Photo editing is a fine art that you can only learn by experimenting. In the long run you will eventually find your own style, your own preferences and hopefully recognize some of your shortcomings as a photographer while tidying up in the post process.
Too much fiddling and you’ll end up with a photo that looks over-processed and gaudy, but focusing your efforts in the wrong area might not yield any improvements at all. There are a few fixes that can really make a picture stand out, and they’re often the simplest of things.
Better still, by paying attention to where you went wrong and fixing it in post, you can improve your overall skills as a photographer.
Retouchers Take Note
If you want to be able to fix, change and generally manipulate virtually every variable in your image then you should always be shooting in RAW mode. RAW files are considerably bigger than their JPEG counterparts, especially as sensor sizes continue to grow to full-frame levels. RAW files might take up more room, but your adjustments can go so much further.
You’d be amazed how many times a photographer has salvaged what is seemingly a throw-away shot with a bit of clever RAW manipulation. That said, by no means should shooting in RAW be your license to slack-off as a photographer and think “I’ll fix it in post” – it doesn’t work that way.
Balancing The Exposure
We’ve run a few articles in the past about the importance of the histogram when it comes to digital photography. It’s a luxury that analogue photography lacked, and once you learn how to read it then you should be able to produce better balanced images, with less blown-out highlights and lost shadows.
However if you have got a slightly dark or overly bright image, tweaking the exposure will remedy the problem to an extent. If your highlights are way too blown out (i.e. white is a prevalent theme) then don’t hold too much hope, but then again you might be surprised how much you can recover. Here’s an example image:
It’s not a great photo, it won’t win any awards and as you can see it’s been under-exposed. That doesn’t mean it’s completely lost however, and so if I increase the exposure by +1.3 EV then the histogram looks something like this:
Luckily I’ve not lost any detail in the sky because it was a sunny day, but if the sky is cloudy you might consider adding a graduated filter or manually touching up the sky to reduce the exposure slightly and recover the shadow details. The final image looks like this, and the adjustment took literally a second:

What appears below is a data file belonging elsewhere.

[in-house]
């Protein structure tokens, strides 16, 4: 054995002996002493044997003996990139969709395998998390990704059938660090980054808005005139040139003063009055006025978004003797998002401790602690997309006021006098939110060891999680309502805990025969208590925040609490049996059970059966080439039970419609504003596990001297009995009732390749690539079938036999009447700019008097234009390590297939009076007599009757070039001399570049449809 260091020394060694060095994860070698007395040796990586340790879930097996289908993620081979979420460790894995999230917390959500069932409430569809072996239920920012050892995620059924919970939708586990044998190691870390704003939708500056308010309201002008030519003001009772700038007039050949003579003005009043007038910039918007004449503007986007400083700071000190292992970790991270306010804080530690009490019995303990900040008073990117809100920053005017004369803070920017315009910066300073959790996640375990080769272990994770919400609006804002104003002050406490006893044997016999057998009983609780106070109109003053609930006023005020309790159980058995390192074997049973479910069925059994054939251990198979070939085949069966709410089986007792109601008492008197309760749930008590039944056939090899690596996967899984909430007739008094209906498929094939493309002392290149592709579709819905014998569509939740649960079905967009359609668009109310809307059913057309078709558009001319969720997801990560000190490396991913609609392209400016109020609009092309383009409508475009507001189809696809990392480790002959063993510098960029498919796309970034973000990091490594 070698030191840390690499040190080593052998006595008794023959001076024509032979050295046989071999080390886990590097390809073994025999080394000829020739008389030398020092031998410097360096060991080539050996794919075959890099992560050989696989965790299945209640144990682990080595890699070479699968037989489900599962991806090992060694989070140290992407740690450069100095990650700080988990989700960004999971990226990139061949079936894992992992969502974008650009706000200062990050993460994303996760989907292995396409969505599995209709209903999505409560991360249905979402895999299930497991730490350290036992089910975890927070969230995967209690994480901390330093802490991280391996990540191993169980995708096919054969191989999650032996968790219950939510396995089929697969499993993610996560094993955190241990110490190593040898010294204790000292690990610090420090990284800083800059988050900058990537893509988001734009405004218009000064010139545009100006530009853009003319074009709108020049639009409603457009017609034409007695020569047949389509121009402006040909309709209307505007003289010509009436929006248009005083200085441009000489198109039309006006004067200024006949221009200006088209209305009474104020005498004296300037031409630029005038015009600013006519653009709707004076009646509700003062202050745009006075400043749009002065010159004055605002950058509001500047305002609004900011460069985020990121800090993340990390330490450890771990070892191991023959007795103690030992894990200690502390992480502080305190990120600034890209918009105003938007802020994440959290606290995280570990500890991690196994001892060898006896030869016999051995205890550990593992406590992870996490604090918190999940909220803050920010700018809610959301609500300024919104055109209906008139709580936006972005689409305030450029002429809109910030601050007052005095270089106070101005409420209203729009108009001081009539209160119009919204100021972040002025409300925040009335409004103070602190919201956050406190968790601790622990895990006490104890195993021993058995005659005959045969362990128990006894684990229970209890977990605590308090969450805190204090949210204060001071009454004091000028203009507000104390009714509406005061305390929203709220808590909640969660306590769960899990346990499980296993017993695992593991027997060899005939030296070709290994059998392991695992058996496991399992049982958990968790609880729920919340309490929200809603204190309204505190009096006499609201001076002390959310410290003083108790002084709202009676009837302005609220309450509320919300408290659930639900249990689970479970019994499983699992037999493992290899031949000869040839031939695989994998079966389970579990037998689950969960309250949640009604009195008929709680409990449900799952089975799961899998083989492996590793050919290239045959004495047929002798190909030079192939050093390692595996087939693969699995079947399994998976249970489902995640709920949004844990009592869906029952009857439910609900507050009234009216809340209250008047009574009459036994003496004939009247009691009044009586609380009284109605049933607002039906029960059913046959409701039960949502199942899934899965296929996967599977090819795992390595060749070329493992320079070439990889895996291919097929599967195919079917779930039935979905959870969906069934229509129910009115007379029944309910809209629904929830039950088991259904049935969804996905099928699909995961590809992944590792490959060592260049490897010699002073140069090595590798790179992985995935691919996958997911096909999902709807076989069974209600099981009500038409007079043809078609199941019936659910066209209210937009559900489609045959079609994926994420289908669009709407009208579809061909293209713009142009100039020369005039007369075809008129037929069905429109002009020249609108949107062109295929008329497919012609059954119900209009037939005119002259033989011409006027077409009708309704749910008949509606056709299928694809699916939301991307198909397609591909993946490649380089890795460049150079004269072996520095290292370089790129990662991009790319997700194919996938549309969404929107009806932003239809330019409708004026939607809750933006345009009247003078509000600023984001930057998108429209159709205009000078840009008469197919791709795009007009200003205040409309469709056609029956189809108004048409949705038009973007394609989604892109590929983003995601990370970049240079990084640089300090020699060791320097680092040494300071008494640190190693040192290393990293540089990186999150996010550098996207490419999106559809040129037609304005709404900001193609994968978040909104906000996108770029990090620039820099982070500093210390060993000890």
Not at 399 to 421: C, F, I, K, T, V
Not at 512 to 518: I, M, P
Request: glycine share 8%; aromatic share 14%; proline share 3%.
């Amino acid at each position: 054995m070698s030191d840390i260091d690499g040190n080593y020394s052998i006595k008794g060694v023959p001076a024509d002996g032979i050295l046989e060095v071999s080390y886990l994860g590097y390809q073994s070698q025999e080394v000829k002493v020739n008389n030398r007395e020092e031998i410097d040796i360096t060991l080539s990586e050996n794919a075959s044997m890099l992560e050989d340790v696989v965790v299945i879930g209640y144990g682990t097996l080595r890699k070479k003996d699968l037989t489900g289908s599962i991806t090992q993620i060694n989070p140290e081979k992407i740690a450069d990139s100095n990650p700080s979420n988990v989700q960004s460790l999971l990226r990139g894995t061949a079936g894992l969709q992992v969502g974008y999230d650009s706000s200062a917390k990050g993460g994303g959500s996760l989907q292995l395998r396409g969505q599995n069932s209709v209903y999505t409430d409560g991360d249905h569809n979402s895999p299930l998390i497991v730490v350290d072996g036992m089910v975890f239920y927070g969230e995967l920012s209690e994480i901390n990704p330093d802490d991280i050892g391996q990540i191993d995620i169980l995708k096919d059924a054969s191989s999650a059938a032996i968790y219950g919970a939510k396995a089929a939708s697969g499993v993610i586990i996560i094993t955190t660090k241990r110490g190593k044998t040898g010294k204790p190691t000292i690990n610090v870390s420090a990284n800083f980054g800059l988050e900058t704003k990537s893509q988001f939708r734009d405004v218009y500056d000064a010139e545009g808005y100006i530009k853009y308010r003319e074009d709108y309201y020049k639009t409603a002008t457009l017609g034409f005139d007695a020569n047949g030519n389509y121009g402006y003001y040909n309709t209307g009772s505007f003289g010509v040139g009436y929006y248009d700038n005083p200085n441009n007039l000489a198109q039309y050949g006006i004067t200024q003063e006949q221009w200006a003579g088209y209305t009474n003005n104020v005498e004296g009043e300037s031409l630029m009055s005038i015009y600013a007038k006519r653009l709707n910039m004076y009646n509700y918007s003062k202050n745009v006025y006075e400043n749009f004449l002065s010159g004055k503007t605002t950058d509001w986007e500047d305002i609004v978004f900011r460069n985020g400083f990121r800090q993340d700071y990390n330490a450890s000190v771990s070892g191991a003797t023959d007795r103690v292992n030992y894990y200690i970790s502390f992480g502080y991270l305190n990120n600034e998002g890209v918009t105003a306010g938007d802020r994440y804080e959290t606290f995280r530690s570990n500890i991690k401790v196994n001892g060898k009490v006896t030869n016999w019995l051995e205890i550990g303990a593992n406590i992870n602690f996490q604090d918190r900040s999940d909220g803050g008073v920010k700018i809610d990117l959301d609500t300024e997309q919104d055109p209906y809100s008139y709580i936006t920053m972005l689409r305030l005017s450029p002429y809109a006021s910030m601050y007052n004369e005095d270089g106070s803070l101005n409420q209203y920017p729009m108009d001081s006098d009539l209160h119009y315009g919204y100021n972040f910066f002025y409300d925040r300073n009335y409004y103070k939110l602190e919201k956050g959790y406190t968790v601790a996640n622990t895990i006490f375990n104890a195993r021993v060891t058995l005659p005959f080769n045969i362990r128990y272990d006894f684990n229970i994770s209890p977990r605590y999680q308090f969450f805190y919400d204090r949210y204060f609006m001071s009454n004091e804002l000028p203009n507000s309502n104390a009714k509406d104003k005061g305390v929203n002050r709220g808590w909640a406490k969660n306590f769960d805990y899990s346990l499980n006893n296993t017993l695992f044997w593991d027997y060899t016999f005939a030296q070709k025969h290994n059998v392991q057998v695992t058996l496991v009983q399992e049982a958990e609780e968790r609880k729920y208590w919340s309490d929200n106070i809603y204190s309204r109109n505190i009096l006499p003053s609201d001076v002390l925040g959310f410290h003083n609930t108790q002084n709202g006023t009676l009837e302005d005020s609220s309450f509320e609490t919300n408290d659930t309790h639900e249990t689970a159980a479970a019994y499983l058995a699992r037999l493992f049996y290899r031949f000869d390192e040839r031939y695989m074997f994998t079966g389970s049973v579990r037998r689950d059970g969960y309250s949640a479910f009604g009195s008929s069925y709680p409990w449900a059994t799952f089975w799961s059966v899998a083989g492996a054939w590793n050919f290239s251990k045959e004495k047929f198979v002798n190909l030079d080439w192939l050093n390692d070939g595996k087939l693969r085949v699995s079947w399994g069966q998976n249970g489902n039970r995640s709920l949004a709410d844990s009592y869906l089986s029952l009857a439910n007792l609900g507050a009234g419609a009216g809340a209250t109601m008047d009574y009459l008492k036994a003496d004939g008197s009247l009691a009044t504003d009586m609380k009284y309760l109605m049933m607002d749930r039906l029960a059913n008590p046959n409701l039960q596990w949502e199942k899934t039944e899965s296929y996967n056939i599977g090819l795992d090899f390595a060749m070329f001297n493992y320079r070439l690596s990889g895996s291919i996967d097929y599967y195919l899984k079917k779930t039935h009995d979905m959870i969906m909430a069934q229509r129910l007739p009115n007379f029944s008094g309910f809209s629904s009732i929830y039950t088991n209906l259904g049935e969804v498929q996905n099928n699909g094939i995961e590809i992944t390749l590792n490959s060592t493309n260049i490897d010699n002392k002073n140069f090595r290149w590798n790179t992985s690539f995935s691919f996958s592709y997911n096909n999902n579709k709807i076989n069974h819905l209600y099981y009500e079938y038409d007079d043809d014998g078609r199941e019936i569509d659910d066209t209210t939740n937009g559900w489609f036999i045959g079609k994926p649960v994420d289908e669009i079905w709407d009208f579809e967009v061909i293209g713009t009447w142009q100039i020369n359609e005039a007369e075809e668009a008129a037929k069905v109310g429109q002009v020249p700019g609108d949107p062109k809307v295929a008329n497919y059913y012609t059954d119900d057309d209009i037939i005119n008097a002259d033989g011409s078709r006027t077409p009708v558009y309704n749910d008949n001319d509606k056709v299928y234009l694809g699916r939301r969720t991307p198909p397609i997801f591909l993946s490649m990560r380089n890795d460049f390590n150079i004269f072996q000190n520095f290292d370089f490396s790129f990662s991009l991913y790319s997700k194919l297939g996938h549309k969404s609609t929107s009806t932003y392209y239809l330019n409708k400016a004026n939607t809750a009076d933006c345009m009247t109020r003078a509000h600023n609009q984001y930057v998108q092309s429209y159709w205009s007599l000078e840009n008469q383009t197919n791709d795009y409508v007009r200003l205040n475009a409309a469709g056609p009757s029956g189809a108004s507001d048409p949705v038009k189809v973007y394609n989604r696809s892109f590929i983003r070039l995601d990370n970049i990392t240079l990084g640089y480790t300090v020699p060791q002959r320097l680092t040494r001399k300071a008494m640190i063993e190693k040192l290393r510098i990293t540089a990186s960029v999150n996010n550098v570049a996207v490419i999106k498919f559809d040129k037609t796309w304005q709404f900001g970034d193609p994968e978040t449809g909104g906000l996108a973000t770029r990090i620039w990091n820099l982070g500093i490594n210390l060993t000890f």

White Balance & Skin Tones
White balance is the bane of many photographers, depending on their specialty. If you’re shooting in conditions that rapidly change, or there are multiple sources of light that conflict (i.e. the sun and artificial lighting) then you’re looking at spending some time fixing all those off-whites and alien skin tones.
Shooting live music is something I’m very familiar with, and a good example of rapidly changing lighting conditions. Using colored lights to your advantage is all good and well, but there’s a fine line between creativity and ill-looking performers and for that reason you’ll want to correct the whites or the skin tones, like in this photo:
In the photo above I’ve slightly increased the exposure and pushed the blacks up a touch, but left the white balance on the “as shot” mode, which was set to automatic metering. There are two light sources here – natural light beaming through the top of the tent, and spotlights shining on the performer from the left and right. This means we’ll never balance the two – one will look warmer, the other cooler. When it comes to portraiture, or shots of people in general, I’d always recommend correcting for skin tones, which means that balancing for the white on the performer’s jacket should yield good results:
By changing the white balance temperature from 4800K to 2900K and balancing the results with the tint, the white of the jacket (and guitar scratchplate) now looks a lot whiter, though the naturally-lit roof now a slightly bluish tint. On the plus side, the performer looks far less jaundiced and there’s some subtle pink coming through on the left of his jacket probably from another stage light.
Bring Me The (Straightened) Horizon
If there’s one thing that consistently ruins photos for me it’s a wonky horizon. Dutch angles and “creative” composure aside, if you’ve got a picture with the horizon in it – or a body of water, a wall, or something else which otherwise represents “straightness” then you’ve got little excuse to not fix it. Take this photo taken on a lake in Switzerland:
Most straightening tools work in the same manner – grab the horizon or other “straight” feature and draw a line along it. You will lose some of your image because it will be cropped out to allow for the straightening, but your image will look so much more pleasing on the eye. If you start to notice a lot of your shots aren’t straight try shooting with grid lines on if your camera supports it, and remind yourself while taking photos to check the horizon:
This isn’t to say photos must always be straight, don’t be afraid to be creative. Just avoid being creative at the expense of a visually pleasing image.
Combining these three quick photo fixes can really transform a throw-away exposure into a keeper. Let us know what you think of these tips, what works for you and your own photo editing tips!